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Access Type

Open Access Thesis

Document Type


Degree Program

Mechanical Engineering

Degree Type

Master of Science in Mechanical Engineering (M.S.M.E.)

Year Degree Awarded


Month Degree Awarded



Eulerian-Eulerian Computational Fluid Dynamics (CFD) techniques continue to show promise for characterizing the internal flow and near-field spray for various fuel injection systems. These regions are difficult to observe experimentally, and simulations of such regions are limited by computational expense or reliance on empiricism using other methods. The physics governing spray atomization are first introduced. Impinging jet sprays and Gasoline Direct Injection (GDI) are selected as applications, and modern computational/experimental approaches to their study are reviewed. Two in-house CFD solvers are described and subsequently applied in several case studies. Accurate prediction of the liquid distribution in a like-doublet impinging jet spray is demonstrated via validation against X-Ray data. Turbulence modeling approaches are compared for GDI simulations with dynamic mesh motion, with results validated against previously available experimental data. A new model for turbulent mixing is discussed. Code performance is thoroughly tested, with new mesh motion techniques suggested to improve scaling. Finally, a new workflow is developed for incorporating X-Ray scanned geometries into moving-needle GDI simulations, with full-duration injection events successfully simulated for both sub-cooled and flash-boiling conditions.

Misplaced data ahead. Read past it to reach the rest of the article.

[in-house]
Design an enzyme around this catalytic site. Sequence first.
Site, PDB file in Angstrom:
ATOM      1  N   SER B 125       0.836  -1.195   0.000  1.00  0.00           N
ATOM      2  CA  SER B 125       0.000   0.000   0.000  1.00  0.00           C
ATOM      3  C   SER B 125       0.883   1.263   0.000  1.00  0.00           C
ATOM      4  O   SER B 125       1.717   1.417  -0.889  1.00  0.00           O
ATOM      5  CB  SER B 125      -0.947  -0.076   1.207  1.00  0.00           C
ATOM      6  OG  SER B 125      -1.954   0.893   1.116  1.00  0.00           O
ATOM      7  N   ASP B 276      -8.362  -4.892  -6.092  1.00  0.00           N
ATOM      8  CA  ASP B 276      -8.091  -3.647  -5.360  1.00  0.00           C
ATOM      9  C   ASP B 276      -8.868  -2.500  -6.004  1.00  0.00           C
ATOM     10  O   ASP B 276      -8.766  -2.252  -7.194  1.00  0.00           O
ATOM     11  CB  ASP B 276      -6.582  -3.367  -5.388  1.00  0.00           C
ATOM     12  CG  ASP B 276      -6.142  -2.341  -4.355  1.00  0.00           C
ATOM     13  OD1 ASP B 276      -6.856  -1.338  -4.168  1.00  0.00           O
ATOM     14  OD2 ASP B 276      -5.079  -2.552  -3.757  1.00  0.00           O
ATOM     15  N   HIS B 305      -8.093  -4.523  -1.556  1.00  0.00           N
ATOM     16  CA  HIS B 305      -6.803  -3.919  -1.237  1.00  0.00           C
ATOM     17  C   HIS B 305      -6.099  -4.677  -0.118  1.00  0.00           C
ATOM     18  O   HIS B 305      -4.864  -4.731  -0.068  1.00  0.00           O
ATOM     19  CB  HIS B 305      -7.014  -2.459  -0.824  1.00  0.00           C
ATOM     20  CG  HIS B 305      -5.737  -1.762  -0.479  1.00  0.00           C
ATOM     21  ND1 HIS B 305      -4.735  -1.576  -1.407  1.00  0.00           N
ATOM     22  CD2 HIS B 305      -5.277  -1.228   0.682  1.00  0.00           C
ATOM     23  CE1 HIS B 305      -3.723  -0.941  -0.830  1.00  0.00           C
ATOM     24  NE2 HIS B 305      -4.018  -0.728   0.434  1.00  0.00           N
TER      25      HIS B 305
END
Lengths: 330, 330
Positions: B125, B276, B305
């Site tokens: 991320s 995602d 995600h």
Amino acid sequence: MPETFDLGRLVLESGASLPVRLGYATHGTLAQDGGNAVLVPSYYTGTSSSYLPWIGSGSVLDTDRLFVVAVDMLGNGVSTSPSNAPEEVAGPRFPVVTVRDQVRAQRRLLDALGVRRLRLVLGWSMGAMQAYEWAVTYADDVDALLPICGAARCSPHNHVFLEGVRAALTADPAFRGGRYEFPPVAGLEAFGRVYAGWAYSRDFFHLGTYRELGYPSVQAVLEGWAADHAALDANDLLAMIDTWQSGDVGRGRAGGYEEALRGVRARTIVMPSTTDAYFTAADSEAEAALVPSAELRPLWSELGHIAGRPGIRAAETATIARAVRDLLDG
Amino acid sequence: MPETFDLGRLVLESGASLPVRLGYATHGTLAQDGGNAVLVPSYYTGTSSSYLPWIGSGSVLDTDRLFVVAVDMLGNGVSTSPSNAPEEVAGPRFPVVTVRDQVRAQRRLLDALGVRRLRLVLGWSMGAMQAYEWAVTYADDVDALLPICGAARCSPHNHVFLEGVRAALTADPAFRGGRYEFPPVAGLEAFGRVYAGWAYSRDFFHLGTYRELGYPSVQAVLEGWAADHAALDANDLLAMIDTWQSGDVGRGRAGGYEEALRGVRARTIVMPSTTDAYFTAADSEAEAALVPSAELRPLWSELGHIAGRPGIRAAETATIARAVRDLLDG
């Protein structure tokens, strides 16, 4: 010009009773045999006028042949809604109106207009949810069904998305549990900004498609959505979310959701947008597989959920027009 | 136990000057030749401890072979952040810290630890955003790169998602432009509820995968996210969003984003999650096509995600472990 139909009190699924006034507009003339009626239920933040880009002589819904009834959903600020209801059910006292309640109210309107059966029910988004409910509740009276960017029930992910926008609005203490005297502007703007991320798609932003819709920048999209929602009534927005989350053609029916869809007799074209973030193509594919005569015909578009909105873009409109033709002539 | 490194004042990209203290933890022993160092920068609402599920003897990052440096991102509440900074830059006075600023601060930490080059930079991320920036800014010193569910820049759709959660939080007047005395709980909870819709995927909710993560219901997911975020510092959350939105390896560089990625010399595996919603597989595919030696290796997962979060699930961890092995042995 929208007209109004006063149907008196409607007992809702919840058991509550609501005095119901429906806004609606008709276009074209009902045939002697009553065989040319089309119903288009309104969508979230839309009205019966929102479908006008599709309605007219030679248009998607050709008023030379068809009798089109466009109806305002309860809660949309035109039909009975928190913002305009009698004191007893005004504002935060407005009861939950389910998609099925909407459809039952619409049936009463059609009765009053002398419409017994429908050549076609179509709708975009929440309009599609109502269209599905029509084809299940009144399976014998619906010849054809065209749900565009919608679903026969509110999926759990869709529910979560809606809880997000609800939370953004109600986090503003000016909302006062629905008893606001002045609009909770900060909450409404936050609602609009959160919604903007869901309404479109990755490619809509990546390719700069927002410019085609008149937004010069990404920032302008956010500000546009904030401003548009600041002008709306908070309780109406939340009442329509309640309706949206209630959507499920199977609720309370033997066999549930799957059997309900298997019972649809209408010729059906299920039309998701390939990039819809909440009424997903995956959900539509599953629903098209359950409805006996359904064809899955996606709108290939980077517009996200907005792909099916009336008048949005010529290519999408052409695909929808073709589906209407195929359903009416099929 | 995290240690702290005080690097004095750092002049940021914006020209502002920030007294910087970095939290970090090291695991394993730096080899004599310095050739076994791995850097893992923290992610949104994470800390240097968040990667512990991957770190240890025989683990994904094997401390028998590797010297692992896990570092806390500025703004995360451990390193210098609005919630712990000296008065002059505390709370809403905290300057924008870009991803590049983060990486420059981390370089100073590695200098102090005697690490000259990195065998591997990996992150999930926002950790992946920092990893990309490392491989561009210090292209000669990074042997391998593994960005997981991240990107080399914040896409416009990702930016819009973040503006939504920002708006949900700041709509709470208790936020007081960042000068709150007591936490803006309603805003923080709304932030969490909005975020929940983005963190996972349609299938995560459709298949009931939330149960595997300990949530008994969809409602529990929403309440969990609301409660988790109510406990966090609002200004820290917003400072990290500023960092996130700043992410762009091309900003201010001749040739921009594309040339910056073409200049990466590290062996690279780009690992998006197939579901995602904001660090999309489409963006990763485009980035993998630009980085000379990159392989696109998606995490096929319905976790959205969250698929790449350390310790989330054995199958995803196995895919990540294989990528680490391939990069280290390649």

First Advisor

David P. Schmidt

Creative Commons License

Creative Commons Attribution-No Derivative Works 4.0 License
This work is licensed under a Creative Commons Attribution-No Derivative Works 4.0 License.